Market Overview

What Is Short Interest, And Why Does It Matter?

What Is Short Interest, And Why Does It Matter?

How do you judge Wall Street’s opinion of a stock? You could look at price, sure. But that doesn’t tell the whole story. Priceline Group Inc (NASDAQ: PCLN) isn’t 10 times more valuable than Apple Inc (NASDAQ: AAPL). 

You could look at analyst ratings, but the opinions of a small number of people, though sometimes influential, doesn’t always speak for the hundreds of thousands of traders on Wall Street.

One tool many people use is short interest. Short interest is the measure of the total amount of shares that traders have shorted and not yet covered. In other words, the amount of shares currently being bet that the stock will go down.

Why Short Interest Matters

When looking at a stock for a potential investment, you want to know what percentage of Wall Street is betting against you. That’s what short interest tells you. The higher a stock’s short interest, the more bearish a signal it is. Generally, a short interest of 25 percent or more is considered high.

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A company’s short interest is constantly updated. The change can offer a clear narrative on how Wall Street’s willingness to actively short a stock has changed over time.

Putting Short Interest Into Practice

So, the real question here is how should this affect your analysis? Let’s take a look at a few examples using the Quandl Equity Short Interest widgets on FinanceBoards.

On June 9, a research note from Goldman Sachs comparing some of today’s biggest tech stocks to the dot-com bubble sent the sector spiraling. These “FAAMG” stocks -- Facebook Inc (NASDAQ: FB),, Inc. (NASDAQ: AMZN), Apple, Microsoft Corporation (NYSE: MSFT) and Google / Alphabet Inc (NASDAQ: GOOG) (NASDAQ: GOOGL)-- were singled out in particular.

Aside from being flagged in the note, Apple has also seen a recent spike in short interest. The company reported a modest Q2 that was well-received by the market, boosting the stock to between the $153-$155 levels in early June before dropping to just under $150 after the note was published.

Here’s a breakdown of Apple’s short interest since February using the widget on FinanceBoards.

To learn more about the Quandl Equity Short Interest widget on FinanceBoards, check out their Widget Spotlight Series.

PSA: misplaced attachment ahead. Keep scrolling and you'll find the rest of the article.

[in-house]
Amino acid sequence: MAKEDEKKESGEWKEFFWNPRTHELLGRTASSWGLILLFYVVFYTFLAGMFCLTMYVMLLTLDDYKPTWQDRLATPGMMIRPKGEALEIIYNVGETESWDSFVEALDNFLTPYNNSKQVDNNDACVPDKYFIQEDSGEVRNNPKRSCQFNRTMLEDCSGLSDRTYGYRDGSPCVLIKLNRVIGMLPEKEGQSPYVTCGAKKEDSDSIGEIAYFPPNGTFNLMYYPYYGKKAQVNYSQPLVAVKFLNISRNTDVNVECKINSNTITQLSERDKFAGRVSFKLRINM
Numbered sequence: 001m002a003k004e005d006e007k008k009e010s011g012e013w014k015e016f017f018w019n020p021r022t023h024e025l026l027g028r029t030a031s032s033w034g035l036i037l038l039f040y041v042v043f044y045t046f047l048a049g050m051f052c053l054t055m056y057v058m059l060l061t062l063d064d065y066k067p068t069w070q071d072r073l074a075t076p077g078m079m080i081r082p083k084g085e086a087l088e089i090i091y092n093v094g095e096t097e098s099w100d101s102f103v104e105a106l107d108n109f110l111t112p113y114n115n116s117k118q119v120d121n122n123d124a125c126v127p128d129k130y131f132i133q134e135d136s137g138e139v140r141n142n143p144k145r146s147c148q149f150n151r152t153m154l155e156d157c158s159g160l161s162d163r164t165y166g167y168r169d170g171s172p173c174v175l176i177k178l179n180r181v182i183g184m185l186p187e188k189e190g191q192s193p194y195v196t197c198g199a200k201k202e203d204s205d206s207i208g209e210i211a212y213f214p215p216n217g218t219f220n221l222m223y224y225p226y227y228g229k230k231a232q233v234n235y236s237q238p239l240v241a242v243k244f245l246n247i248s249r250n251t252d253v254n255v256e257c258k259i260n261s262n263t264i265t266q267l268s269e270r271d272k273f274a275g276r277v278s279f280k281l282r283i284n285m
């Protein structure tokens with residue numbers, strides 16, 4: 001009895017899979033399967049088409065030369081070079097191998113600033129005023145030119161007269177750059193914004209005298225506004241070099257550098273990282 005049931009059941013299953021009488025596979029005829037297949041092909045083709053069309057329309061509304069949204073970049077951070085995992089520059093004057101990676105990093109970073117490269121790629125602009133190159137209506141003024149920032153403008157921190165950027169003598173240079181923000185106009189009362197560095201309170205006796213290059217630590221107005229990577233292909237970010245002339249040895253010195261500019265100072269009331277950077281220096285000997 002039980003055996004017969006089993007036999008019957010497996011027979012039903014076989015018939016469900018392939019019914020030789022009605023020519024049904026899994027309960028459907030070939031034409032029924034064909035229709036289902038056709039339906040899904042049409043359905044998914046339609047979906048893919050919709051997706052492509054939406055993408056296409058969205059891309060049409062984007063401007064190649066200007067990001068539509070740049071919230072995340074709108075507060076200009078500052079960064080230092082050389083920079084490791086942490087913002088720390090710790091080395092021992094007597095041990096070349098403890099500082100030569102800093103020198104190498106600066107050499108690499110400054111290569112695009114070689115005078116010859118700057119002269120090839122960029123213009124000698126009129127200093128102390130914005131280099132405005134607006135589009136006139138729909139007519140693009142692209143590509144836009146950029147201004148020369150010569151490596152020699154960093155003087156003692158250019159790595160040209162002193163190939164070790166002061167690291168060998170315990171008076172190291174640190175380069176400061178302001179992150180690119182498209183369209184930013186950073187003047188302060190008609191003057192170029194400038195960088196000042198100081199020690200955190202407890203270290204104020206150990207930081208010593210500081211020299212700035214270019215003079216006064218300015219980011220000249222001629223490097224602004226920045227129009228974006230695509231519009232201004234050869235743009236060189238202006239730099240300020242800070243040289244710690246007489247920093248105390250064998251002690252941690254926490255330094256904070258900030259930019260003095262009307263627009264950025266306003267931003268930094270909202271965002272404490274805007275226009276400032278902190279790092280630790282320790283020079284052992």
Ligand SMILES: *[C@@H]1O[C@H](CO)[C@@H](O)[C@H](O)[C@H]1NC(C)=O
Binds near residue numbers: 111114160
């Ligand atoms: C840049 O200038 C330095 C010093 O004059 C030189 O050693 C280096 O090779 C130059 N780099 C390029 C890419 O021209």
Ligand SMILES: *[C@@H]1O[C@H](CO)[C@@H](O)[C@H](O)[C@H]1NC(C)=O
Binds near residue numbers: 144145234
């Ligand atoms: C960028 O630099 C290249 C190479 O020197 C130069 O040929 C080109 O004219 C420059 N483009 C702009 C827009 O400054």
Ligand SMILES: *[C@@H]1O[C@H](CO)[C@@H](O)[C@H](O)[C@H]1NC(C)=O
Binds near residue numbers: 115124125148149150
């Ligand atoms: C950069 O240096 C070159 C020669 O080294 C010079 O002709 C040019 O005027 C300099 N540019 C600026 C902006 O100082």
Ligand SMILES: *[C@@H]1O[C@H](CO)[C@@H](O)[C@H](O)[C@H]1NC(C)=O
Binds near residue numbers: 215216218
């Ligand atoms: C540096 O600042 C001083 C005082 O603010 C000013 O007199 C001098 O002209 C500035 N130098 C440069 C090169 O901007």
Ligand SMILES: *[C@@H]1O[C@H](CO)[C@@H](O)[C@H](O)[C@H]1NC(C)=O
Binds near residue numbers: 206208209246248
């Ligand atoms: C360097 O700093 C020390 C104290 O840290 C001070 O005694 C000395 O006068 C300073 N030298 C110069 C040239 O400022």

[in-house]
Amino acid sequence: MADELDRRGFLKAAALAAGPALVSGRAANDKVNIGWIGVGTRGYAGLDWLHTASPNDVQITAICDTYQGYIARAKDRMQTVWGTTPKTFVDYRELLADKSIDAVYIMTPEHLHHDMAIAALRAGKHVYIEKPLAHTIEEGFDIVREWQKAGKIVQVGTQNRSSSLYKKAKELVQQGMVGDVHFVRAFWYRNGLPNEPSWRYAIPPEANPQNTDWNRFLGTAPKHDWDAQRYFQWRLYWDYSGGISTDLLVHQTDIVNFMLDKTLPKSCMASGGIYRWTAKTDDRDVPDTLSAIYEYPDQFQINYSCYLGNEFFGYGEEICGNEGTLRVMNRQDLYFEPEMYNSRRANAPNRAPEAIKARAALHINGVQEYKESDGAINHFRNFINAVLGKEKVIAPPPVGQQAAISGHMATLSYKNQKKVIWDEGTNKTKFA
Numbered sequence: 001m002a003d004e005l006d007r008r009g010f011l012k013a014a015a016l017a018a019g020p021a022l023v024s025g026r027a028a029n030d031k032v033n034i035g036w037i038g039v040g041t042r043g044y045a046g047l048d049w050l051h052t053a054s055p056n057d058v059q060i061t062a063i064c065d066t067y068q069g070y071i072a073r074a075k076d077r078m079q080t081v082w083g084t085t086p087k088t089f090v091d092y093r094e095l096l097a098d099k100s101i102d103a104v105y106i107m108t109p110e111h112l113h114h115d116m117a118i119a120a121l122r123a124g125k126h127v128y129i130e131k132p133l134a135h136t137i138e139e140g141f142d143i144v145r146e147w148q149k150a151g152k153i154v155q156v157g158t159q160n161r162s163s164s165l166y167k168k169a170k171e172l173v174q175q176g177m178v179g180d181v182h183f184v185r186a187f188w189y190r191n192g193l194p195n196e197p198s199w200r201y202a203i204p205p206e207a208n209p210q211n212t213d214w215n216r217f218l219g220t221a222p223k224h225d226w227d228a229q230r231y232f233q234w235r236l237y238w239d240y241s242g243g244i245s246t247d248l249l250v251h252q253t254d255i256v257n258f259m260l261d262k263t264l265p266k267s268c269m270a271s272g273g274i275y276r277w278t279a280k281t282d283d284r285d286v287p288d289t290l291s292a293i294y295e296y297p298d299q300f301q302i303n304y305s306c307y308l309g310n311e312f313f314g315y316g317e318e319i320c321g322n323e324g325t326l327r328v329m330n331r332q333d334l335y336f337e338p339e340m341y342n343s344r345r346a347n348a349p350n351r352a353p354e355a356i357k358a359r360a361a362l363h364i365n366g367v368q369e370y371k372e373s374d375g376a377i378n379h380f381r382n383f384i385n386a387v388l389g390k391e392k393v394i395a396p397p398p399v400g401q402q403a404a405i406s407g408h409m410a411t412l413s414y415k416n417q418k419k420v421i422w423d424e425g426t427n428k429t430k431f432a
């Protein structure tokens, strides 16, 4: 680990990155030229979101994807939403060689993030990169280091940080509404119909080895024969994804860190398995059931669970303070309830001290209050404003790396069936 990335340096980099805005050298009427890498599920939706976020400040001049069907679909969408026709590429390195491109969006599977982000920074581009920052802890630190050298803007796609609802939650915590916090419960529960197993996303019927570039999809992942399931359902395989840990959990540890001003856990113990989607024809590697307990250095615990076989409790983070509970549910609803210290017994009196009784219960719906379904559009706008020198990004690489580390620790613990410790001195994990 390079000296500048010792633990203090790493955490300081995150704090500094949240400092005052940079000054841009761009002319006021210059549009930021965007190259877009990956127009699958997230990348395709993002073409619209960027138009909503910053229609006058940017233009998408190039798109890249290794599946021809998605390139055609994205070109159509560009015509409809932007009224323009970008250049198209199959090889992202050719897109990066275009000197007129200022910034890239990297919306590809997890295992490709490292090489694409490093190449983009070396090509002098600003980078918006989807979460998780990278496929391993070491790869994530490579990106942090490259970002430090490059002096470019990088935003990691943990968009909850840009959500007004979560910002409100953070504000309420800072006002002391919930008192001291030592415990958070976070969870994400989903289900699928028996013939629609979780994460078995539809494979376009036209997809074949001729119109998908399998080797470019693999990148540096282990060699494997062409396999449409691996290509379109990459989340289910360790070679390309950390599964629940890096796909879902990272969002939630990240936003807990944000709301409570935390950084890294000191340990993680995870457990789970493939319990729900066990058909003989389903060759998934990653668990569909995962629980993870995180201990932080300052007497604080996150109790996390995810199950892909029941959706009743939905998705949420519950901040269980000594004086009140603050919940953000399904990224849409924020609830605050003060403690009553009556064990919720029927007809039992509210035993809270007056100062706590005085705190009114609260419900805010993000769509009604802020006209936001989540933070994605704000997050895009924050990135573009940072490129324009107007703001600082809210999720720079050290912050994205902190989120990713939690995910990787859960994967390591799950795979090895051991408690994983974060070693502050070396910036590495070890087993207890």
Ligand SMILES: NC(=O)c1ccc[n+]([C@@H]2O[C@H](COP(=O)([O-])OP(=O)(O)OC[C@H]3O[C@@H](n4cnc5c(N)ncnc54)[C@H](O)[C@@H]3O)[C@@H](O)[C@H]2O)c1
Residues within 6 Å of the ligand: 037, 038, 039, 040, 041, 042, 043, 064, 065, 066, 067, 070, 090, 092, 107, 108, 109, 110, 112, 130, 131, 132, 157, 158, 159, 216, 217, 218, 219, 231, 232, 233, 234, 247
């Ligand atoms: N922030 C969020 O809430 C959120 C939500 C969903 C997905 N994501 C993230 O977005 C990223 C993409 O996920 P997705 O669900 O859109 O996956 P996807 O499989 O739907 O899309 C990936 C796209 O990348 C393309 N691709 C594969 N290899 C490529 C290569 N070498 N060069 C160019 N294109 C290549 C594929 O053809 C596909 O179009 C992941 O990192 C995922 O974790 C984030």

Screen Shot 2017-06-13 at 7.54.39 AM.png

According to the widget, short selling in Apple near the end of May took a steep upturn to 63.20 million shares. Note the other two columns here: average daily share volume and days to cover. The latter represents the amount of time it would take everyone who’s short to cover their position. A days to cover of greater than two is considered bearish.

The increased short interest could indicate that more people aren’t feeling good about the stock at its current level.

Another stock that felt the brunt of the tech correction was Facebook which also dropped from $155 to $150 after the report was released.

Here’s a graphical representation of Facebook’s short interest.

Screen Shot 2017-06-13 at 8.25.16 AM.png

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Unlike Apple’s short interest, the charted version of the widget on Facebook’s lifetime short equity data shows a fairly stable pattern in short equity over the same four-month span. We can see the stock has low short interest and days to cover, relative to Apple.

So, how do you measure sentiment of a stock? Ideally, you should use a few different tools. Stock price and analysts ratings can help, but don’t underestimate the value of short interest. There’s no other metric that paints a more complete picture of who is betting on downside in a stock.

Disclaimer: WooTrader is a sponsored partner with Benzinga. This article was written in conjunction with WooTrader, and may have been subject to their approval.

Image credit: Pixabay

Posted-In: FinanceBoards WooTraderFintech Short Ideas Trading Ideas General Best of Benzinga


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